December 17, 2017
Immigration Law Alert
Immigration Law Alert
Author(s): Jason Gerrol
While the Trump administration has made clear its intentions to remove the International Entrepreneur Rule, applications from eligible international entrepreneurs will be accepted for the time being.
Under the International Entrepreneur Rule (IER), issued on January 17, 2017, in the waning days of the Obama administration, a foreign entrepreneur may be granted parole (i.e., the ability to enter the United States) for the purpose of operating and growing his or her start-up entity in the United States. The IER was praised by many as a critical step to revising an antiquated U.S. immigration system that provides few options for immigrant entrepreneurs, while opponents of the IER viewed it as executive overreach.
Those opponents include the Trump administration, and by notice dated July 11, 2017, the effective date of the IER was delayed to March 14, 2018 and it was unclear whether the IER would ever go into effect in light of comments by the Department of Homeland Security (DHS) that it was “highly likely” the IER would be rescinded altogether.
On December 1, 2017, however, the United States District Court for the District of Columbia vacated DHS’ July 11, 2017 order to delay the IER, agreeing with a group of plaintiffs that DHS’ failure to provide a period of public notice and comment prior to their decision to delay the IER violated the Administrative Procedures Act (APA).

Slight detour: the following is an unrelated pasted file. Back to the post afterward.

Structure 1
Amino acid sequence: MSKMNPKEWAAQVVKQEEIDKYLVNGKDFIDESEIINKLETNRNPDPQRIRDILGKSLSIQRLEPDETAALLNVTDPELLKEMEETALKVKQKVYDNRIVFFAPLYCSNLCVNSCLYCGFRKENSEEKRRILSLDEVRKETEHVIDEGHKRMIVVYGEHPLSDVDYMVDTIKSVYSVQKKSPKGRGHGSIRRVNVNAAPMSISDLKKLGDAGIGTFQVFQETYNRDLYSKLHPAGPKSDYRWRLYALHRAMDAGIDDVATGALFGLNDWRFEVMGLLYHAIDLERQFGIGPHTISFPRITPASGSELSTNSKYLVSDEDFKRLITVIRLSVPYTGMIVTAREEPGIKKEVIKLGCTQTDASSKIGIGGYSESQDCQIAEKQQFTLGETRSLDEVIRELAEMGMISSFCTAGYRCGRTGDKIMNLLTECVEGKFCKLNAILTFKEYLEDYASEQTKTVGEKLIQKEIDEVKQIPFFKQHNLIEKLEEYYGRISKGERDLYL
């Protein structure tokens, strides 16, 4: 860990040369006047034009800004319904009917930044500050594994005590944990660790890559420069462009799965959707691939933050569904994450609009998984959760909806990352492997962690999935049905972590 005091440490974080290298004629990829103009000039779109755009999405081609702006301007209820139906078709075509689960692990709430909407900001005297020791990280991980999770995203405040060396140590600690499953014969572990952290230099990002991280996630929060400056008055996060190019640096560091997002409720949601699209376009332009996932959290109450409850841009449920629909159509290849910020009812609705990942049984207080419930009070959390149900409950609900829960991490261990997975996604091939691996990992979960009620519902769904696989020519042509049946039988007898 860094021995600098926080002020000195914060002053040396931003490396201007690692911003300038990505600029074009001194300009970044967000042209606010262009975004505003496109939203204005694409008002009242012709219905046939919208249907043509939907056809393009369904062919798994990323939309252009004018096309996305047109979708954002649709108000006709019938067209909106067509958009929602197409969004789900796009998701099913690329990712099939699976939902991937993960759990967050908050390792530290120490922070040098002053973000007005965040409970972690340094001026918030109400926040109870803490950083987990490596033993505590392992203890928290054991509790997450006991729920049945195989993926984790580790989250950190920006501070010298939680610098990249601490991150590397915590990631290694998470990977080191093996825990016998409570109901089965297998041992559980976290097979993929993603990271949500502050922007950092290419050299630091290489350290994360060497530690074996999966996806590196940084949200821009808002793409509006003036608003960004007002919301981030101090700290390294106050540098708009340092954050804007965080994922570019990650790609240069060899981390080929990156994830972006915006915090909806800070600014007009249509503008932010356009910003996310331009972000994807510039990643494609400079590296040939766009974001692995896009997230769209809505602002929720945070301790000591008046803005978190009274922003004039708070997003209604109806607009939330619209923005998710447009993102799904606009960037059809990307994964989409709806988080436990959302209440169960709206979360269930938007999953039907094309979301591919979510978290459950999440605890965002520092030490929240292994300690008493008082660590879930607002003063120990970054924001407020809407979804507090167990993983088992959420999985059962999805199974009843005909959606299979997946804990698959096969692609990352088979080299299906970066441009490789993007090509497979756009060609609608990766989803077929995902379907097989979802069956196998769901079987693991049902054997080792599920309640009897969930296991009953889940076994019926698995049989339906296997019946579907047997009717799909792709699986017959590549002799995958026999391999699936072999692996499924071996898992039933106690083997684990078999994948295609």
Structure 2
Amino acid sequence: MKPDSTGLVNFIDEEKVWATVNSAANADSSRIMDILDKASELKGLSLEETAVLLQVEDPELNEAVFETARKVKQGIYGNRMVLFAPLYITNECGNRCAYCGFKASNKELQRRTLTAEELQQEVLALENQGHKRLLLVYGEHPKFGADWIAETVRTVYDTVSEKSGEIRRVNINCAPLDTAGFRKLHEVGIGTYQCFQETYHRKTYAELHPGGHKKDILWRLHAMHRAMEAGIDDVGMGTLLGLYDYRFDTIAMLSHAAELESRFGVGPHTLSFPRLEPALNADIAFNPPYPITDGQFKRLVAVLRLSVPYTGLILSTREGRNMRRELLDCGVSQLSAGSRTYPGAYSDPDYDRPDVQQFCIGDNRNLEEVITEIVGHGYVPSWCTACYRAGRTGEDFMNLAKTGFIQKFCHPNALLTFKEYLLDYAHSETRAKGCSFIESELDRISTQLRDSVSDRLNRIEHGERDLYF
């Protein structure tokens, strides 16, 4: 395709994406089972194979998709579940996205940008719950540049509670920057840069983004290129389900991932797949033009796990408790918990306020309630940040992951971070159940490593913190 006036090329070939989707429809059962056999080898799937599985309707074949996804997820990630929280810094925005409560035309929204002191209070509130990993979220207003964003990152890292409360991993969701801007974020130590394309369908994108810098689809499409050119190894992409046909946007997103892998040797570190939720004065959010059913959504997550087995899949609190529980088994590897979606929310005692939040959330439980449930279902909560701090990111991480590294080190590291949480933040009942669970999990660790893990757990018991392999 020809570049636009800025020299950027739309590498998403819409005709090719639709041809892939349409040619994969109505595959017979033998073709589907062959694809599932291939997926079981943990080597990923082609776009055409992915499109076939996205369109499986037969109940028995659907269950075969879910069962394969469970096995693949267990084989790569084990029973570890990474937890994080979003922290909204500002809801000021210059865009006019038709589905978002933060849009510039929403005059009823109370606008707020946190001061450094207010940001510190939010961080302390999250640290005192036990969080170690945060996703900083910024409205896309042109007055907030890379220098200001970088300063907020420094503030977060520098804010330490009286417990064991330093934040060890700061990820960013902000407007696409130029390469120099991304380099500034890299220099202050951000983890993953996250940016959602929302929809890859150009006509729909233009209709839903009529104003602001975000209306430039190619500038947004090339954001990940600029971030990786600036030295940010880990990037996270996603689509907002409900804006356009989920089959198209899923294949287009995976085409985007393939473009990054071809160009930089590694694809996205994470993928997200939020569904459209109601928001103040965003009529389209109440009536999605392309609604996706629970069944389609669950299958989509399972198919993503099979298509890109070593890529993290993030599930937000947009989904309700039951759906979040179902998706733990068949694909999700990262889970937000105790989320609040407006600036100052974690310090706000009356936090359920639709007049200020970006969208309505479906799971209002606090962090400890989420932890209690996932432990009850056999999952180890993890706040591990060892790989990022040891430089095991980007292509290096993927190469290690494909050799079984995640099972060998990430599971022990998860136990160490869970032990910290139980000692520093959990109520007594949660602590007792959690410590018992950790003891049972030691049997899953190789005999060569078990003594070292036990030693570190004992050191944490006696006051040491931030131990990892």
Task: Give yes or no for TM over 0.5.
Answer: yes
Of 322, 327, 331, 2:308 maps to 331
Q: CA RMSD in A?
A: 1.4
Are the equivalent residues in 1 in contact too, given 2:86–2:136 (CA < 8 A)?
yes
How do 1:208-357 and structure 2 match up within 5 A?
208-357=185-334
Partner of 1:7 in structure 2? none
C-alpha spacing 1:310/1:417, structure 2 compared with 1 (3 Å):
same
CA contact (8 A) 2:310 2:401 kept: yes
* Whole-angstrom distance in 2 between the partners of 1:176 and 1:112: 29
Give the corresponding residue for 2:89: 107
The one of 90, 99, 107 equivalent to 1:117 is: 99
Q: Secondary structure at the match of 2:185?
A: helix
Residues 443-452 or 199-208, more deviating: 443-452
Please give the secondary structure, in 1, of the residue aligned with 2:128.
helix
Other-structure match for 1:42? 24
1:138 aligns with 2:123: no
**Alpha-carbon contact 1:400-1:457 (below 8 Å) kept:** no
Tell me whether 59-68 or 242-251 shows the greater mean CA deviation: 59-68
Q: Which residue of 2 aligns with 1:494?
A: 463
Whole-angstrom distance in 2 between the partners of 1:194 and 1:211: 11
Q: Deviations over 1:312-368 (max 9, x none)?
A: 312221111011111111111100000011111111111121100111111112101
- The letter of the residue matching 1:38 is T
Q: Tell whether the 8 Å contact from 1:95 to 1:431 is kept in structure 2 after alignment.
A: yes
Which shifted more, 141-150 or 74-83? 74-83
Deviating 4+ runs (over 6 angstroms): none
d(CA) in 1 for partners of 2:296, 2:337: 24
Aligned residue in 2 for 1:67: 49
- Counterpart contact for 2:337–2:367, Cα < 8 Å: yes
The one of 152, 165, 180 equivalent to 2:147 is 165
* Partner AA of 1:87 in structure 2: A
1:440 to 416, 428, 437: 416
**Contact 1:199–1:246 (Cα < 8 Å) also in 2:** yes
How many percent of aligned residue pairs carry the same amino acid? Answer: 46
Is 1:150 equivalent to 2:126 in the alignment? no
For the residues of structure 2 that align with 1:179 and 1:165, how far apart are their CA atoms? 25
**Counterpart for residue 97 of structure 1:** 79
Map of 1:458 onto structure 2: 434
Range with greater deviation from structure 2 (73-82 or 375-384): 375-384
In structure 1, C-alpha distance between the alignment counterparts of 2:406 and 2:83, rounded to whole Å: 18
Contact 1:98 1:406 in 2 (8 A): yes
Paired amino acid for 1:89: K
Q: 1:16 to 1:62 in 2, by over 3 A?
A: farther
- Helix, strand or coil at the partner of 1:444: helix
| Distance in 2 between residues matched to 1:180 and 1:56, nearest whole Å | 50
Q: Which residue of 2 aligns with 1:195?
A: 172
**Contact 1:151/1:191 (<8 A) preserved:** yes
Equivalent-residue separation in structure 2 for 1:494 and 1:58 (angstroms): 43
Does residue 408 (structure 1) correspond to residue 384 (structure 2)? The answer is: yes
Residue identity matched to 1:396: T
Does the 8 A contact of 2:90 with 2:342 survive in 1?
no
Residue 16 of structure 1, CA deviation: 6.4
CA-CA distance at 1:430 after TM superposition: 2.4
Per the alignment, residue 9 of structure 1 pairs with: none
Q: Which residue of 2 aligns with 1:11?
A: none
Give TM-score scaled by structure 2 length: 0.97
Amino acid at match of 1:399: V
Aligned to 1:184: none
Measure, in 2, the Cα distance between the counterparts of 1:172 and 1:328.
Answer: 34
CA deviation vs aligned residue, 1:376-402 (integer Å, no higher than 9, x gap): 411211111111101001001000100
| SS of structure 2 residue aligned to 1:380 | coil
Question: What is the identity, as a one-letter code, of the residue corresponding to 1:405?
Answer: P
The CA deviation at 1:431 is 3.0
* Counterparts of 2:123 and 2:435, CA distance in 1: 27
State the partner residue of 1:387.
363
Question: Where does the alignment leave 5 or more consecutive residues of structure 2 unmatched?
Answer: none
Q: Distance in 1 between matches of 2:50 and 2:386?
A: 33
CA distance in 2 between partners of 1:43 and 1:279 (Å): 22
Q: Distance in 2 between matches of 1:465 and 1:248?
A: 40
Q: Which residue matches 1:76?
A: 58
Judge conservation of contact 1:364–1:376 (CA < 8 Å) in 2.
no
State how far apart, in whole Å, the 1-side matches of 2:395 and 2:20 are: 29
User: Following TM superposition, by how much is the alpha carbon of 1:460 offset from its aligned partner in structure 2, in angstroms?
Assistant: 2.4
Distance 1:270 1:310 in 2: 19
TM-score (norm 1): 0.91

As a result of that decision, DHS and U.S. Citizenship and Immigration Services (USCIS) in particular will now begin accepting applications under the IER.
The IER’s revival, however, may ultimately be short-lived as DHS has also announced its intentions to initiate a new rulemaking, this time complying with the APA’s notice and comment requirements, to remove the IER for good.
International entrepreneurs interested in applying for parole under the IER should review the eligibility requirements and discuss the application process with experienced immigration counsel.
Please note that as of the initial publication date of this alert, there do appear to be inaccurate eligibility requirements on the IER application (Form I-941) instructions published by USCIS.
If eligible, the international entrepreneur’s spouse and children under the age of 21 may also qualify for parole. The IER allows spouses to apply for employment authorization once in the U.S., which once granted, will allow them to work for any U.S. employer.
Under the IER, parole may be granted for an initial period of 30 months (2.5 years), and an additional period of 30 months may be granted at the discretion of DHS.
In light of DHS’ stated intentions to remove the IER, it remains unclear whether international entrepreneurs granted an initial period of 30 months will be eligible for an additional 30-month extension.
The foregoing has been prepared for the general information of clients and friends of the firm. It is not meant to provide legal advice with respect to any specific matter and should not be acted upon without professional counsel. If you have any questions or require any further information regarding these or other related matters, please contact your regular Nixon Peabody LLP representative. This material may be considered advertising under certain rules of professional conduct.
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